Making money last in retirement

By Adam Zoll | 03-21-2015 09:00 AM


Note:  Not a live video as the host states.  It is a recorded version.

Pay gap major cause for retirement insecurity

pay gap

Women more likely than men to face poverty during retirement

by Adam Allington, Associated Press

July 10, 2016

CHICAGO — “During their working years, women tend to earn less than men, and when they retire, they’re more likely to live in poverty.

These are women who raised children and cared for sick and elderly family members, often taking what savings and income they do have and spending it on things besides their own retirement security.

The National Institute on Retirement Security, a nonprofit research center, reports that women are 80 percent more likely than men to be impoverished at age 65 and older. Women age 75 to 79 are three times more likely.”

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Do you have your NPS Senior Pass?

The National Park Service (NPS) is celebrating its 100th birthday today!  

You can enter any of the 412 national parks for free from August 25 through August 28.  Seniors can celebrate for a lifetime with a NPS Senior Pass.  Here are the specifics from the National Park Service website:NPS Senior Pass

  • $10 Lifetime NPS Senior Pass
  • For U.S. citizens or permanent residents age 62 or over.
  • May be obtained online, in person at a federal recreation site or through the mail using this application form. The cost of obtaining a Senior Pass through the mail or online is twenty dollars ($20). Ten ($10) for the Senior Pass and ten ($10) for processing the application. Applicants must provide documentation of age and residency or citizenship.
  • May provide a 50 percent discount on some amenity fees charged for facilities and services such as camping, swimming, boat launch, and specialized interpretive services.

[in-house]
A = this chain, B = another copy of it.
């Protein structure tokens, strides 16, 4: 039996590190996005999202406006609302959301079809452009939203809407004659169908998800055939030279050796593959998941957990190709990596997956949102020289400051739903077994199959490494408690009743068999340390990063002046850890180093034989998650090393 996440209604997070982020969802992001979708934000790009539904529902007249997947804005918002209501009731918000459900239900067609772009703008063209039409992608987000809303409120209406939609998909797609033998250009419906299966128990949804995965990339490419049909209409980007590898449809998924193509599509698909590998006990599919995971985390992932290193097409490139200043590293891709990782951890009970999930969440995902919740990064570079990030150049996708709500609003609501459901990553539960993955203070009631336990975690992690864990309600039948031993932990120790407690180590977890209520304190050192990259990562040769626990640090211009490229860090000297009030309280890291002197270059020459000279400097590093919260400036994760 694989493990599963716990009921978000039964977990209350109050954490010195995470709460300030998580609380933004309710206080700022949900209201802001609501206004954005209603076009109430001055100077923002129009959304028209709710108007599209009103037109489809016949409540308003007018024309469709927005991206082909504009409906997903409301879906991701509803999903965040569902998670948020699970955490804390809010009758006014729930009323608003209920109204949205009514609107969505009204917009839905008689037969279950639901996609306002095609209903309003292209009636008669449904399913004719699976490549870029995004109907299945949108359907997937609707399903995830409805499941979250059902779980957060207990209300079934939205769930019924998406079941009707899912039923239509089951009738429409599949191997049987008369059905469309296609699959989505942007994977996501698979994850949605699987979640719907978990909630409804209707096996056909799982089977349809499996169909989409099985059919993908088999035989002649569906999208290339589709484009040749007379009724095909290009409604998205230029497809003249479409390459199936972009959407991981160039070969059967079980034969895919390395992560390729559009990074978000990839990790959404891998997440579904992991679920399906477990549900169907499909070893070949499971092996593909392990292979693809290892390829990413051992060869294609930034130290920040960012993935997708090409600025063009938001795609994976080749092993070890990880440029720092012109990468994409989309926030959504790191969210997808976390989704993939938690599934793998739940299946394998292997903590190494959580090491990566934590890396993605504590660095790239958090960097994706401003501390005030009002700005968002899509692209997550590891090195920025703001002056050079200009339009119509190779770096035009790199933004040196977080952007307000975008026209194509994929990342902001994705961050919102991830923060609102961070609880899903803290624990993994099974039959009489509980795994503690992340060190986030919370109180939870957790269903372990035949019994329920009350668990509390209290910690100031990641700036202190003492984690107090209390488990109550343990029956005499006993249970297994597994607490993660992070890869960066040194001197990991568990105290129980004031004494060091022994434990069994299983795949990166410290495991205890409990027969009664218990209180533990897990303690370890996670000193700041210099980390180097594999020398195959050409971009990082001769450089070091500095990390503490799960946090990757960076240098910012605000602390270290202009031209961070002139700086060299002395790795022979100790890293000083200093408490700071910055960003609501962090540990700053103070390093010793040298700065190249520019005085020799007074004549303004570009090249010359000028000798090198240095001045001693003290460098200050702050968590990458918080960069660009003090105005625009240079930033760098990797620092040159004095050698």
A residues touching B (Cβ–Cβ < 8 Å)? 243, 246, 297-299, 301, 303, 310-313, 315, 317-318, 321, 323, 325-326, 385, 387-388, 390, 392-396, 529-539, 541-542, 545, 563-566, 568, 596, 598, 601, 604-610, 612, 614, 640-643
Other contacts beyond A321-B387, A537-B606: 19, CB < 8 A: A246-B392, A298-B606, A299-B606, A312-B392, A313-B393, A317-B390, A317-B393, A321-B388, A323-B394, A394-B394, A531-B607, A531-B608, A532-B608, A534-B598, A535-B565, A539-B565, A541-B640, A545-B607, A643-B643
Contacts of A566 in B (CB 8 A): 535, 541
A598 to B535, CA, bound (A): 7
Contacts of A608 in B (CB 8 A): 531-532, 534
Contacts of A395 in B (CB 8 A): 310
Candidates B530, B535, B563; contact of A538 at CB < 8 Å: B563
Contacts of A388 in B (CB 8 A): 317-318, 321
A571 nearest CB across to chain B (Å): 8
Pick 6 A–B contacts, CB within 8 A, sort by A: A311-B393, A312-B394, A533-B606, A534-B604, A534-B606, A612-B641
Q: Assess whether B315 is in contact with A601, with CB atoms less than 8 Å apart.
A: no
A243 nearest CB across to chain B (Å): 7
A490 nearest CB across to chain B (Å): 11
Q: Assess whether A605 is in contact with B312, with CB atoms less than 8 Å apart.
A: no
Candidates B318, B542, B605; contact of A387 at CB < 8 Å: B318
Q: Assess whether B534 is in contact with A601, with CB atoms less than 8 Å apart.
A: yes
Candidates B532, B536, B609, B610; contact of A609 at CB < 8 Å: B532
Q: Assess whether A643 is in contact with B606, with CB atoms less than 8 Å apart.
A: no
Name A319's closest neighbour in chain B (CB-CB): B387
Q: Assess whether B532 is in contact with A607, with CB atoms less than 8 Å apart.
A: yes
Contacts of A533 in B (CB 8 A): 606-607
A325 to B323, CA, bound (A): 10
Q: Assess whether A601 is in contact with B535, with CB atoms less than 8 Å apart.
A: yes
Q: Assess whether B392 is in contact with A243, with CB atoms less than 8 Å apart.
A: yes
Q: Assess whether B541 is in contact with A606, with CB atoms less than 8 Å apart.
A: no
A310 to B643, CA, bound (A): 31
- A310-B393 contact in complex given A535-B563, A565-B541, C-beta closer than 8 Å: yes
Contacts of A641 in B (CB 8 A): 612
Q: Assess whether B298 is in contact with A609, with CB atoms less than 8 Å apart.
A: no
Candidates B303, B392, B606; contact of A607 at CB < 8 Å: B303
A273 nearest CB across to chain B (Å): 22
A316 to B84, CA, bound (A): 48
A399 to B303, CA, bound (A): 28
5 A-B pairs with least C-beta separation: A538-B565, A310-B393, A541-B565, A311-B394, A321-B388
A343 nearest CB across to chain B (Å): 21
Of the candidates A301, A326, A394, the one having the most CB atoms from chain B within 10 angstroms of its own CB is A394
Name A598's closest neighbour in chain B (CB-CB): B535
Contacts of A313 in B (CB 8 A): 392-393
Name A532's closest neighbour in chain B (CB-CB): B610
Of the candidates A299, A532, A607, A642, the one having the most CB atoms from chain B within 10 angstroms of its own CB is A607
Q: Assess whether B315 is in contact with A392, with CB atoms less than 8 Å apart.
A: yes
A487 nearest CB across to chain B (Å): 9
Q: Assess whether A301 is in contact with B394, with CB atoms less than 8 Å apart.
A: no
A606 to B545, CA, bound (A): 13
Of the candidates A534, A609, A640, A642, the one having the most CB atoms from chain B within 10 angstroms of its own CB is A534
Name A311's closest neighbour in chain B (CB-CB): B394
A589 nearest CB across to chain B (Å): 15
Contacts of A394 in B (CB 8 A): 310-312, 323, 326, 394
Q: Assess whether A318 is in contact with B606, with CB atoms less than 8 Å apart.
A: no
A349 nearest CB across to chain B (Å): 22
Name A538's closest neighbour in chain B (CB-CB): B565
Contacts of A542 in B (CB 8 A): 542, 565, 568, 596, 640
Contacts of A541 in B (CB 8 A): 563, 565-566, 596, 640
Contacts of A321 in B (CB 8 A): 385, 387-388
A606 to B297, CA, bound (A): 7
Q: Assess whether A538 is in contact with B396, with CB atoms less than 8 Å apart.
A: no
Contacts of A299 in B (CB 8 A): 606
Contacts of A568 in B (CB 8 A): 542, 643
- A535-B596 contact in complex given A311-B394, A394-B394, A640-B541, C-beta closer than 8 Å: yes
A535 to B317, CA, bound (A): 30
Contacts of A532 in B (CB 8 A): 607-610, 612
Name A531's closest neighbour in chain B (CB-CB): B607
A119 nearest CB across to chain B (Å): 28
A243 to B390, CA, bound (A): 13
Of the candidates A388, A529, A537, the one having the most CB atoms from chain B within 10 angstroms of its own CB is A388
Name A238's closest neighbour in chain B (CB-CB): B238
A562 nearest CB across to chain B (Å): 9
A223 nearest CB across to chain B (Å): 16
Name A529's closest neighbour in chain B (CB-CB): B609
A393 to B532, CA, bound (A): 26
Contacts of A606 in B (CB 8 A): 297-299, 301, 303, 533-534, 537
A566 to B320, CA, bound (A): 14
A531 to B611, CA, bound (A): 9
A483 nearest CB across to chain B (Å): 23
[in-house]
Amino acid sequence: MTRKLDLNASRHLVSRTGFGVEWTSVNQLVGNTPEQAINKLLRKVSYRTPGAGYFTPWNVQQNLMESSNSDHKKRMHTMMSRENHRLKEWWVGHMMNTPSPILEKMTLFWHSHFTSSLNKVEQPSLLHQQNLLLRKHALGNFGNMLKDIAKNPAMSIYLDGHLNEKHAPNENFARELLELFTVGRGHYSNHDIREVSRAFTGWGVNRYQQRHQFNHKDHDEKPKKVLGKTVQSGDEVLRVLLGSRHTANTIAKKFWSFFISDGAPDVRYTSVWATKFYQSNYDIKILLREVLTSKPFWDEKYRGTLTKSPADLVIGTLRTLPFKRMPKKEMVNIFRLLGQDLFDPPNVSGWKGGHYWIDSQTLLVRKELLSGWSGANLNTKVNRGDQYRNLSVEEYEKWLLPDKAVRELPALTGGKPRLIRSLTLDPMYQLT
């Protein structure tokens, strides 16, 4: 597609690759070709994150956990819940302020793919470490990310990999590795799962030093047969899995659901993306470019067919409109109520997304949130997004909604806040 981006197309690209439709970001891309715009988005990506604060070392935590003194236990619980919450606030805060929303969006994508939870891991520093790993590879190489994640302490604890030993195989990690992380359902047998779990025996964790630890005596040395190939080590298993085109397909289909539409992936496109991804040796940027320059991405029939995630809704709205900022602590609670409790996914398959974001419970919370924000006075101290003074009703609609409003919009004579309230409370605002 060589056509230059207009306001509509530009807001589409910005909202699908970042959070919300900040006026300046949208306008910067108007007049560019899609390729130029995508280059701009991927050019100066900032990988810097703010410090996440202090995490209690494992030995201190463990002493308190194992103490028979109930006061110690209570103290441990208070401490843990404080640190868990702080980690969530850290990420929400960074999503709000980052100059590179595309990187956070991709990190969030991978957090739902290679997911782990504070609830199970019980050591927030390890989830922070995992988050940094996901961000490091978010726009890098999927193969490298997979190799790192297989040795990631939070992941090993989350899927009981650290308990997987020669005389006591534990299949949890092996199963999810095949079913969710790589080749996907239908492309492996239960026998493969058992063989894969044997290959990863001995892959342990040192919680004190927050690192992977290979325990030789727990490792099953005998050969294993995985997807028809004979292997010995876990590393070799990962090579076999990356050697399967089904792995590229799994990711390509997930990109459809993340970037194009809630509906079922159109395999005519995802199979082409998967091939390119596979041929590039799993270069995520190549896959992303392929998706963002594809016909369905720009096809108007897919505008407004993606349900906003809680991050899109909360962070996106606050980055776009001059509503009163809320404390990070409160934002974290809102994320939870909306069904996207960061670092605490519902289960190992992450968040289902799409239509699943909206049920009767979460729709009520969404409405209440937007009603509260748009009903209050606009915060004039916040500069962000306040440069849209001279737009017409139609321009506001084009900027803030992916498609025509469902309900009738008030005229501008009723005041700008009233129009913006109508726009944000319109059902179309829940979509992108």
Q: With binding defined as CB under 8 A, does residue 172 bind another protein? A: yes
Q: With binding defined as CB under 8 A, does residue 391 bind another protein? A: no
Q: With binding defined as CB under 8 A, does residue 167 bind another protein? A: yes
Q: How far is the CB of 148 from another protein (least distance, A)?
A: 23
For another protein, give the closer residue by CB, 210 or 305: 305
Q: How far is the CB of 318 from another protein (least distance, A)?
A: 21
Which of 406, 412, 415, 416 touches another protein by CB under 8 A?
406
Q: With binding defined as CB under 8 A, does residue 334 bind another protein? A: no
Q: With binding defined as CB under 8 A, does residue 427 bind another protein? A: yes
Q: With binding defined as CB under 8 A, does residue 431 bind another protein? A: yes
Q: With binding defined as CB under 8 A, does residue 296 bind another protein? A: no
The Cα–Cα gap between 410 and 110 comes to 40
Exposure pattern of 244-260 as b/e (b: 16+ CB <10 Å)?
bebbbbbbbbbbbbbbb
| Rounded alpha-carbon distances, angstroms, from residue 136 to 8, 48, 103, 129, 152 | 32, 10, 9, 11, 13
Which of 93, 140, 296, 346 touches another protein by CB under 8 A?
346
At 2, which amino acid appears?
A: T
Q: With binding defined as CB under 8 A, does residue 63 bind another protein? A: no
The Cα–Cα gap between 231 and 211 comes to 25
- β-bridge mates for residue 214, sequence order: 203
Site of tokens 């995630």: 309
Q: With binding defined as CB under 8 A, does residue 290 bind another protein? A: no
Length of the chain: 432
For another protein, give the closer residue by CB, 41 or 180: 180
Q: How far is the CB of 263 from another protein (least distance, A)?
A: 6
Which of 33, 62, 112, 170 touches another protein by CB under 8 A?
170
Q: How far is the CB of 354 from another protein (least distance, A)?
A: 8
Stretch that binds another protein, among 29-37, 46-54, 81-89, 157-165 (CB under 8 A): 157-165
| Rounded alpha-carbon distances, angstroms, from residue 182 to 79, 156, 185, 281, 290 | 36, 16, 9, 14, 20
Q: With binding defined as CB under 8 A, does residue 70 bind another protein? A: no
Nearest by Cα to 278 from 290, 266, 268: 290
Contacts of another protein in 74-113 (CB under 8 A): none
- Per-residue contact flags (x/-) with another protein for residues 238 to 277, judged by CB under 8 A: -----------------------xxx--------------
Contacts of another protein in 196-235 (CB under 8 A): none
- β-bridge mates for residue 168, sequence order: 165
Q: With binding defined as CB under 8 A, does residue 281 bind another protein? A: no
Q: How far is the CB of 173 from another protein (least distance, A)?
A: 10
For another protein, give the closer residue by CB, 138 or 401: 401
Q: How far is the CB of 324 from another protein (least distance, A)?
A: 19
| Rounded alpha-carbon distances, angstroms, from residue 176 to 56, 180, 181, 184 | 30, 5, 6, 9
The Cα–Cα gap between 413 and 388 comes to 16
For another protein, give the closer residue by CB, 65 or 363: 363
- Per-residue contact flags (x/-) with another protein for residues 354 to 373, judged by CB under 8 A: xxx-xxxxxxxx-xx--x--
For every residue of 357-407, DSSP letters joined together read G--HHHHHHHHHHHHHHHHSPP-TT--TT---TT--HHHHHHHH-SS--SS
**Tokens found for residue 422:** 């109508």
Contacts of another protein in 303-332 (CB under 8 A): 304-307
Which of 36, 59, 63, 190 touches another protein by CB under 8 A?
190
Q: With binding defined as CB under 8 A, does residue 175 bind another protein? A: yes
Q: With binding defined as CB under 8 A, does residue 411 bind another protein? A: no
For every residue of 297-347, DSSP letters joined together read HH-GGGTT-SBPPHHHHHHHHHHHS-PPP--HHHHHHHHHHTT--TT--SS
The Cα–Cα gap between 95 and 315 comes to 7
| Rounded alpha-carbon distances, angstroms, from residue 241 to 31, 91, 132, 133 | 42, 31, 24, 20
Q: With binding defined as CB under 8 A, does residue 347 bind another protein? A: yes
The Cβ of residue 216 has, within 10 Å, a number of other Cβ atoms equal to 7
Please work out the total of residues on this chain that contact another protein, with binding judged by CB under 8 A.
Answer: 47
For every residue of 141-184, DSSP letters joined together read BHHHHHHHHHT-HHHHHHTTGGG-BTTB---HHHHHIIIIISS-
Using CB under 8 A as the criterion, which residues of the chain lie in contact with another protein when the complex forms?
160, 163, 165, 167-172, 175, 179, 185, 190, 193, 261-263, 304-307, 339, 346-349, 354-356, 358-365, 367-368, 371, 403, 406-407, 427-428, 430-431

• Generally does NOT cover or reduce special recreation permit fees or fees charged by concessioners.
  • Note: Golden Age Passports are no longer sold. However, these passes will continue to be honored according to the provisions of the pass.

For more information or questions go to:

About the author of LLR

My PicThe Living Life Retired (LLR) author/administrator, Sherry L. Christensen, retired at the age of 55 from teaching business/marketing and advising DECA in a public high school.  She worked in industry for 20+ years before becoming a teacher.  A proud mother of one married daughter, her favorite little people, her three grandchildren, call her “Nanni.” Sherry became divorced in 2004 after a 21 year marriage.

Sherry holds an associates of science degree from Amarillo College, a bachelors of business administration degree from the University of North Texas, and a master of arts degree in educational leadership from the University of Northern Colorado.  She holds a teaching license and a K-12 principal license as well as a Career and Technical Education (CTE) credential.

Read moreAbout the author of LLR

Retirement Adjustment Stages

adjusting to retirement

I get out of bed at 7:00 a.m. instead of 4:45 a.m.  Instead of driving 30 miles one way to work, I don’t go anywhere unless I want to.  I am home alone most days instead of in a public high school with 1500 people.  In the evenings, I can do whatever I want instead of grade papers or plan lessons.  I can even stay up late watching a movie. When I read the newspaper, I read for  personal information instead of cutting out relevant articles to instruct my business/marketing students.  I can see friends and family, go to the store or do housework when I want, instead of just on the weekends or during school holidays.  I have a sign in my home’s entryway which reads,

“I don’t want to.

I don’t have to.